The Commercial Appeal profiles two judges that unseated incumbents in the last election in Two Karens ready for black robes.

The first is Karen Massey, an assistant public defender and former military intelligence officer. The endorsements for Massey were split along party lines, yet she was able to beat General Sessions Criminal Court Judge Mischelle Alexander-Best by 10,000 votes (a margin of 5.7 points).

She attributed her win to campaigning long hours in the hot sun and to the hard work of her parents, siblings and extended family.

“We put in a lot of hard work, and my parents can’t even vote for me,” Massey said with a laugh. “They live in Fayette County.”

Next is Karen Webster, who had virtually no endorsements. Her opponent, longtime Probate Court Judge Donn Southern, was endorsed by both the Democrat and Republican parties.tory Yet Webster was able to take him down, albeit by the slimest of margins — a mere 588 votes out of 114,000 cast (a margin of 0.6 points).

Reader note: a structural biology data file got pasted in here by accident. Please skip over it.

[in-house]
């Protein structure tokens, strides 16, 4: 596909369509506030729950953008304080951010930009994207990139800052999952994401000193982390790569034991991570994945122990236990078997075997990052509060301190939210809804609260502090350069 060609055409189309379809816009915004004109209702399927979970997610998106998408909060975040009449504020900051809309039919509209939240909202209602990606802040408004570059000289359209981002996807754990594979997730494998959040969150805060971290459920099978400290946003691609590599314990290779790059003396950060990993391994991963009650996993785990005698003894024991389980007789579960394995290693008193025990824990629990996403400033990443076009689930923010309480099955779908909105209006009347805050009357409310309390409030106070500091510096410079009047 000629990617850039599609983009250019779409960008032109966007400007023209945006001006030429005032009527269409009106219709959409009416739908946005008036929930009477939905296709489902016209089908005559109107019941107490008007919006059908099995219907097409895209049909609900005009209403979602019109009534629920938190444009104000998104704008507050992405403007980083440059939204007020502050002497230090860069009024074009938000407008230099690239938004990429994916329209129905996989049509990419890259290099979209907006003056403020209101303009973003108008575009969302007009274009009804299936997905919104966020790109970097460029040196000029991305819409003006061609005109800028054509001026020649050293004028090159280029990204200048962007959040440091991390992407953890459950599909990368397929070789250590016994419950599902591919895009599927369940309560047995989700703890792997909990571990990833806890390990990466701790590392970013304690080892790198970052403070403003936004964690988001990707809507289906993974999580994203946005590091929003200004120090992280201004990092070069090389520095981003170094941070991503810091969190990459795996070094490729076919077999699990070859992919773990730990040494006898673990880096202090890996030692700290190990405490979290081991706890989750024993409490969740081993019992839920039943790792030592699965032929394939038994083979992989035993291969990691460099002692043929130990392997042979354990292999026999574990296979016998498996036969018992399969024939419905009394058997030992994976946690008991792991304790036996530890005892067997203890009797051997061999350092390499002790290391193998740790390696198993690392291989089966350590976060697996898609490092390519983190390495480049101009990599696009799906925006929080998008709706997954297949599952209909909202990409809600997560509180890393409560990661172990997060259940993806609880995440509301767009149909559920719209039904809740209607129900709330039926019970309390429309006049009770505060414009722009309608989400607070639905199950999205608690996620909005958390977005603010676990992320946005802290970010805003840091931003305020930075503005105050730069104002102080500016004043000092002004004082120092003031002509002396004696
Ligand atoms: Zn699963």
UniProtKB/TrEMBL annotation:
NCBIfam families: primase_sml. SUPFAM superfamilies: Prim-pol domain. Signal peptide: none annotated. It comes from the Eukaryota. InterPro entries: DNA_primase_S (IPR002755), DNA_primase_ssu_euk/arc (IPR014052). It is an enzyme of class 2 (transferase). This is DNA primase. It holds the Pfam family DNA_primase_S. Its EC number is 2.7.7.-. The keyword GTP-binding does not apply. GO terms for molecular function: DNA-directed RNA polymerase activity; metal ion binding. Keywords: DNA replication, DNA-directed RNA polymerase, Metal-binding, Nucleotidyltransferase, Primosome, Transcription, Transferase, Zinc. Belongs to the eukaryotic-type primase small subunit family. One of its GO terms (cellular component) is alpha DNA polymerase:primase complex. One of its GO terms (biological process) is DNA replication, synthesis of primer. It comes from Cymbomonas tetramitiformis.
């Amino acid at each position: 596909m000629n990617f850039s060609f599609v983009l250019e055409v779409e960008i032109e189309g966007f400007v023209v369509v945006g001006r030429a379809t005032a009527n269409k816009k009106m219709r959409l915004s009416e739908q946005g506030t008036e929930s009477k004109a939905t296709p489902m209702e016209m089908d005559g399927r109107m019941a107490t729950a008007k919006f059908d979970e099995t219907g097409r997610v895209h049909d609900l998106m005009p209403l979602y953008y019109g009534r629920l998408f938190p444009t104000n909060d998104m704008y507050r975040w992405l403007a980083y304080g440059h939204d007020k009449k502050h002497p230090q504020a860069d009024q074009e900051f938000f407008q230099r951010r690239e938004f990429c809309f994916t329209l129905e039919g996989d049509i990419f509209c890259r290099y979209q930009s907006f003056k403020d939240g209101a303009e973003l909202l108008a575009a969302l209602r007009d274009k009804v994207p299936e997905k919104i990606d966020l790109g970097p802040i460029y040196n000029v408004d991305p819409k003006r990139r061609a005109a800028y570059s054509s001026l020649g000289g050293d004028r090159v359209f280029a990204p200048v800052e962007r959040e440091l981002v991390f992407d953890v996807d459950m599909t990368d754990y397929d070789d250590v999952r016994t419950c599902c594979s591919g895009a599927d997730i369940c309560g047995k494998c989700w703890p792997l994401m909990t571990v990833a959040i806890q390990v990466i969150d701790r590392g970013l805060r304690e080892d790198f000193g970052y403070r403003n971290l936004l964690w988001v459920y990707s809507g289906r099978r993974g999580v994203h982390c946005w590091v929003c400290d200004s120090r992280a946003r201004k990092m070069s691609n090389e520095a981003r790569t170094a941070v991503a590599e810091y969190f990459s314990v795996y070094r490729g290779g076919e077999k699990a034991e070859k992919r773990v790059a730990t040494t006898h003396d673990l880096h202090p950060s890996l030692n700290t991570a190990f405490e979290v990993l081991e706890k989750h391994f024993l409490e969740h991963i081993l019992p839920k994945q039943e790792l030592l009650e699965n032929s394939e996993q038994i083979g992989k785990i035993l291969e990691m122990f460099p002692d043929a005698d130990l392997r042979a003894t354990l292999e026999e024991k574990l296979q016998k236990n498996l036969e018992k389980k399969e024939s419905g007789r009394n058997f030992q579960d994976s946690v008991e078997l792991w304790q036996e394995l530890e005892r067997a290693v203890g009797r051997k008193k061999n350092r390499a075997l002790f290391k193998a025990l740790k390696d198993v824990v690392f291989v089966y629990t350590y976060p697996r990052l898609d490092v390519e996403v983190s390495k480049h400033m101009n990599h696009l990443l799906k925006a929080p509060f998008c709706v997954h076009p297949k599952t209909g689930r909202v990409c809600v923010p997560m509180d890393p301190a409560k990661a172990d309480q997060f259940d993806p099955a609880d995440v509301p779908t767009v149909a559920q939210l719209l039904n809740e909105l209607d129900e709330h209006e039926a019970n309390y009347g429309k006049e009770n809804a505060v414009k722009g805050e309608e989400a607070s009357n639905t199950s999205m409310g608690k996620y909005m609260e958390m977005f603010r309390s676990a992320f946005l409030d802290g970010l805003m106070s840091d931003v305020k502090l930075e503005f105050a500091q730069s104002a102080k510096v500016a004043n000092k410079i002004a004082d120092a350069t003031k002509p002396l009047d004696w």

In his endorsement letter, Attorney Richard Fields noted:

Probate Court deals with estates from a shotgun house to businesses worth millions of dollars. It requires knowledge of tax laws, constant updates of legislative changes, and sensitivity to people who have lost their loved ones.

Fields said that Judge Southern was experienced, knowledgeable and fair, and had this to say about Webster:

His opponent, Karen D. Webster, has absolutely no qualifications to be a Probate Judge. She has had few cases in Probate Court and none of a complex nature. Her previous experience as a city prosecutor and county contract attorney did not involve probate matters. She simply is not qualified for such a specialized court as Probate Court.

Two candidates. The one with only conservative endorsements (in a county of overwhelming Democrat population and trending more so) wins easily. The one whose opponent received every endorsement eeks out a win.